St. Pete Mayor takes a ride with Coast Bike Share ahead of its official launch

Coast Bike Share will celebrate its official launch of 300 bikes at 30 hubs downtown in St. Petersburg with a group ride on Saturday, February 4.

During a 1:06:49-hour ride over a total of 2.38 miles, St. Petersburg Mayor Rick Kriseman led a small group of riders through downtown St. Petersburg, the Warehouse Arts District and the Deuces earlier this week to tout Coast Bike Share, which opens to the public on Saturday.

Similar to the program that launched in Tampa in 2014, the new bike share allows pedestrians to rent bicycles for a fee to get to a nearby locale, assuming it has a bike station where the rented bicycle can be secured. The idea is to offer an affordable alternative means of transportation that allows people get around the city easily without a car.

"What I love about all these locations is [that] it gives everyone an opportunity to get out of their cars and get on a bike. It fits with our vision statement of being a city of opportunities,” Mayor Rick Kriseman said. “People want to be in the cities where they have bike shares.” 

Planning for this system began in June of 2016, after the city purchased the equipment and hired Coast operator, with a demo install of 100 green bikes at ten stations in St. Pete in November. Coast Bike Share will celebrate its official release on Saturday, February 4, with Deputy Mayor Kanika Tomalin.

Besides Tomalin, members of City Council and the Coast crew will join a community bike trek through downtown and along the city’s Healthy St. Pete Loop. The ride will culminate at the opening of the event Localtopia 2017 at Williams Park.

The launch forms part of the initiatives to offer residents and visitors a multitude of transportation options. It coincides with the new Cross-Bay Ferry, which connects Tampa and St. Petersburg, a collaboration among Pinellas and Hillsborough counties as well as the cities of Tampa and St. Petersburg, currently under a six-month trial stage that ends in April.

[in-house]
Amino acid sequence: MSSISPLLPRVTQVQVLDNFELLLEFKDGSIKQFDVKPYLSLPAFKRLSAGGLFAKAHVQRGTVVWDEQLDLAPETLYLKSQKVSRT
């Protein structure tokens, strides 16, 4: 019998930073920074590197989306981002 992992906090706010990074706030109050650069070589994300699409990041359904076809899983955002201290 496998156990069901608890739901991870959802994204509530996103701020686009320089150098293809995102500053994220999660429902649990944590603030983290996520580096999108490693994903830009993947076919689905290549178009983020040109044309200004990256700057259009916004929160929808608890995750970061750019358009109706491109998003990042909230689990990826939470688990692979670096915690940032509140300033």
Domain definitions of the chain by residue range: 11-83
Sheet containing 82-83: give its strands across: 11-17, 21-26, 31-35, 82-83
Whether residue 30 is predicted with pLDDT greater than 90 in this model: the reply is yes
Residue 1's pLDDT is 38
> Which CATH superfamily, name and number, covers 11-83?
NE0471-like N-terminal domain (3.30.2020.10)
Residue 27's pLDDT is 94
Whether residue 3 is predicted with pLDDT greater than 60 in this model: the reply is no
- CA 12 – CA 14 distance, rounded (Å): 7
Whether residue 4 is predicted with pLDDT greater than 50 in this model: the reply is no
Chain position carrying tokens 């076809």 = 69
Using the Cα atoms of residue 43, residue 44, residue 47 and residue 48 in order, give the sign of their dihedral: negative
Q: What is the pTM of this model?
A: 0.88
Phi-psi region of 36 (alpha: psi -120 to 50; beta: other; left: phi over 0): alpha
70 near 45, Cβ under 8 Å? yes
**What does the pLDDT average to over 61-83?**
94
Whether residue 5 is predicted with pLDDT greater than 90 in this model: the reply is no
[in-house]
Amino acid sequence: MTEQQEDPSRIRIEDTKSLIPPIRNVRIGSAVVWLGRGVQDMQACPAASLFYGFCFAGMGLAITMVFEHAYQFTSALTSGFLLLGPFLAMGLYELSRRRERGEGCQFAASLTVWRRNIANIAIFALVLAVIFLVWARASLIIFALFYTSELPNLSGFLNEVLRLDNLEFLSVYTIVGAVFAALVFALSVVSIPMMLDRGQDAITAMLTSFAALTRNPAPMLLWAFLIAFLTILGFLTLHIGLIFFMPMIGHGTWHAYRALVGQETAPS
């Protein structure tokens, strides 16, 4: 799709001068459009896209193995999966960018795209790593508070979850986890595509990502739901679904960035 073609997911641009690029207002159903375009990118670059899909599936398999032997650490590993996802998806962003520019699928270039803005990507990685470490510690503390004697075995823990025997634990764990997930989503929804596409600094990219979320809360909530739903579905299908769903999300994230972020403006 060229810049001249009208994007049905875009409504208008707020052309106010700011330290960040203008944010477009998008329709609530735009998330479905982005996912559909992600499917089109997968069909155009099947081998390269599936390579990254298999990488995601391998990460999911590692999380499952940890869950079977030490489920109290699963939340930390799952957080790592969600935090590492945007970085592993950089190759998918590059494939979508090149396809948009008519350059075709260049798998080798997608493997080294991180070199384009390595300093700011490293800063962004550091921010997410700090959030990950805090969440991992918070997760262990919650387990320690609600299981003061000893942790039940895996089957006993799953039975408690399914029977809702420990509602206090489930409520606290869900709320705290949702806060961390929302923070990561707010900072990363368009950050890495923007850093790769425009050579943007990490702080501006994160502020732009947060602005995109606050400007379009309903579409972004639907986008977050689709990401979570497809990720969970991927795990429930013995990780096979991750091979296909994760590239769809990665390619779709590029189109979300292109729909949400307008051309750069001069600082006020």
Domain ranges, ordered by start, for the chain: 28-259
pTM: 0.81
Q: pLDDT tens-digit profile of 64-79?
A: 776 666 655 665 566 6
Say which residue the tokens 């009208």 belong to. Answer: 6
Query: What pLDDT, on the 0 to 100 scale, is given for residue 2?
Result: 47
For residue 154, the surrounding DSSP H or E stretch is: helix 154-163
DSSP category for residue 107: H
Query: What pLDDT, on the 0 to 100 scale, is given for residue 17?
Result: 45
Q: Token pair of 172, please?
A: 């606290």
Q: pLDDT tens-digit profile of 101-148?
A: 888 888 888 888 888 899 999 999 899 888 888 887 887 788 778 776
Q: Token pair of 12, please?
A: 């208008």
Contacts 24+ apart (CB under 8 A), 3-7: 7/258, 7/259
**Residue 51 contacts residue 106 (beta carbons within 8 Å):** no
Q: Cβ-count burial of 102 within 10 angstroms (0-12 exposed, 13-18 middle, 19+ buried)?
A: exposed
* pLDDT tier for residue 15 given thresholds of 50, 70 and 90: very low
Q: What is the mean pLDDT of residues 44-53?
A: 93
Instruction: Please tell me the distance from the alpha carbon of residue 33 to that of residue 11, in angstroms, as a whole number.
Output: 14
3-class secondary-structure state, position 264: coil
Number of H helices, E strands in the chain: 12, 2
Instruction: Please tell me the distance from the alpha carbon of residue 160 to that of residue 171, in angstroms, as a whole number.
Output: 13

At either end of the ferry line, riders can find bicycles to get around popular areas in those cities.

Tampa has Coast Bike Share hubs around downtown, Ybor City, Davis Islands, Hyde Park and along Bayshore Boulevard. In both cases, bicycles are secured between rides and tracked via GPS to prevent theft.

For those who rely on public transit, the bikes can be a big help.

Is not a secret that Pinellas’ transportation network gets criticized because of a small number of routes and unstable service. Trip length is also an issue. A journey that will take 14 minutes by a car and 28 minutes on a bike takes 44 minutes on the bus, without counting the waiting time at the station.

In south St. Petersburg, the situation gets worse, as many who reside there live in poverty-like conditions, and grocery stores and entertainment options far from home. Most of those who commute to work are obligated to make it via public transportation.

According to the city staff, in the first 90 days, St. Pete has achieved over 12,000 miles ridden, 4,400 trips and the reduction of 10,560 lbs. of carbon. They plan to expand the system, with around 2,500 bikes throughout the region as demand grows.

How does it work?

The full bike share program roll out welcomes 300 blue bikes to 30 hub stations around downtown. Riders can choose from a variety of options to suit their needs including Pay-As-You-Go – picking up and dropping off bikes as they need to for $8 per hour – or a $15 monthly membership, which comes with 60 minutes of daily ride time. Residents can also purchase, in, a $79 annual membership – $59 for students – for 60 minutes of daily ride time.

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